George Will

     Men and women have genetically based physical differences; the brain is a physical thing -- part of the body. Is it unthinkable -- is it even counterintuitive -- that this might help explain, for example, the familiar fact that more men than women achieve the very highest scores in mathematics aptitude tests? There is a vast and growing scientific literature on possible gender differences in cognition. Only hysterics denounce interest in those possible differences -- or, in Hopkins' case, the mere mention of them -- as ``bias.''

     Hopkins' hysteria was a sample of America's campus-based indignation industry, which churns out operatic reactions to imagined slights. But her hysteria also is symptomatic of a political tendency that manifested itself in some criticism of President Bush's inaugural address, which was a manifesto about human nature.

     This criticism went beyond doubts about his grandiose aspirations, to rejection of the philosophy that he might think entails such aspirations but actually does not. The philosophy of natural right -- the Founders' philosophy -- rests on a single proposition: There is a universal human nature.

     From that fact come, through philosophic reasoning, some normative judgments: Certain social arrangements -- particularly government by consent attained by persuasion in a society accepting pluralism -- are right for creatures of this nature. Hence the doctrine of ``natural right,'' and the idea of a nation ``dedicated,'' as Lincoln said, to the ``proposition'' that all men are created equal.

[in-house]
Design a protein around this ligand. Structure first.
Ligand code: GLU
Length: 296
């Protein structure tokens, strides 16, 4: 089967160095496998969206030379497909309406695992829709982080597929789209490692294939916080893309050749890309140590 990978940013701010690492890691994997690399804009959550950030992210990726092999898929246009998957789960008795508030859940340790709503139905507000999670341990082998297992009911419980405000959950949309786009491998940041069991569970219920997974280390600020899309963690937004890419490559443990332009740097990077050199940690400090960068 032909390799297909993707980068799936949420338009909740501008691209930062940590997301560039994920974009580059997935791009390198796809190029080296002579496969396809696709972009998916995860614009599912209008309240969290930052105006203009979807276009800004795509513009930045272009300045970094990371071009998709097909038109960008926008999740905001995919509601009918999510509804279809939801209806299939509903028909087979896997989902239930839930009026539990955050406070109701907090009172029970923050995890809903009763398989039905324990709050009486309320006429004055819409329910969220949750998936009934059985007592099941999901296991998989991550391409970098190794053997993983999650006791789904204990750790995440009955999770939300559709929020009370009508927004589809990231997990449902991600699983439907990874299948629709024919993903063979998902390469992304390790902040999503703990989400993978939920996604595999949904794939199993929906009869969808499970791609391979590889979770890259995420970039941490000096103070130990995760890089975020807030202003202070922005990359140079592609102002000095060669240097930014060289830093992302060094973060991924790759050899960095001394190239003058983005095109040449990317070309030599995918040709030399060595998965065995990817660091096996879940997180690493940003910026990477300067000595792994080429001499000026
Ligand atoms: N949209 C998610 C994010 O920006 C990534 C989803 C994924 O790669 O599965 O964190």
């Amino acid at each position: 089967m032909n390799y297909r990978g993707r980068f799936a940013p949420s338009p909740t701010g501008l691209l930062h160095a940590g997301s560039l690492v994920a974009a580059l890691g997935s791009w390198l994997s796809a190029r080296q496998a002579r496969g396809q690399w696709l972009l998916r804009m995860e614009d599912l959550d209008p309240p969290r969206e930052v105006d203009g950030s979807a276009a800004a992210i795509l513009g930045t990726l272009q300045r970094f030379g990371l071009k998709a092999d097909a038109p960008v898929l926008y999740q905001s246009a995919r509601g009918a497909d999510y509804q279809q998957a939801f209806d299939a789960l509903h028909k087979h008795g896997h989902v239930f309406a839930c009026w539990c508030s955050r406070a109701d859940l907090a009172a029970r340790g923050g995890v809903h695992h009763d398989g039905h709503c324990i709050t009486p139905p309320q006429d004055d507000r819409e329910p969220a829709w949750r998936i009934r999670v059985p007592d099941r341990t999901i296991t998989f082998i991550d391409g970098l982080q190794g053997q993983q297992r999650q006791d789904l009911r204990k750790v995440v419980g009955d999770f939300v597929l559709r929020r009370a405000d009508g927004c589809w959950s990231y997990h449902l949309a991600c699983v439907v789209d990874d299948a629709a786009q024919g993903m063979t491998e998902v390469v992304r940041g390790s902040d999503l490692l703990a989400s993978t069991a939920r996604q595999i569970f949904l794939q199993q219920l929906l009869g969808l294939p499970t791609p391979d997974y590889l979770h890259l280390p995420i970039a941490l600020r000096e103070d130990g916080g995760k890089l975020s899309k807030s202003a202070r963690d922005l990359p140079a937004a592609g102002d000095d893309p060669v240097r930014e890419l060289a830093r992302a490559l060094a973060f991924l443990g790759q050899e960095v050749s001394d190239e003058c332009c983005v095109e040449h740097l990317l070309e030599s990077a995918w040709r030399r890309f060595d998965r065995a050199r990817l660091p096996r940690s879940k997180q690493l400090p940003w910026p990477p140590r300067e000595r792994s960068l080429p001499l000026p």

The vehemence of the political left's recoil from this idea is explained by the investment political radicalism has had for several centuries in the notion that human beings are essentially blank slates. What predominates in determining individuals' trajectories -- nature or nurture? The left says nature is negligible, nurturing is sovereign. So a properly governed society can write what it wishes on the blank slate of humanity. This maximizes the stakes of politics and the grandeur of government's role. And the importance of governing elites, who are the ``progressive'' vanguards of a perfected humanity.

     The vehemence of Hopkins' recoil from the idea that there could be gender differences pertinent to some cognition might seem merely to reflect a crude understanding of civic equality as grounded shakily on a certain identical physicality. But her hysteria actually expresses the left's ultimate horror -- the thought that nature sets limits to the malleability of human material. Summers should explain this to her, over lunch, when he returns from camp.


George Will

George F. Will is a 1976 Pulitzer Prize winner whose columns are syndicated in more than 400 magazines and newspapers worldwide.
 
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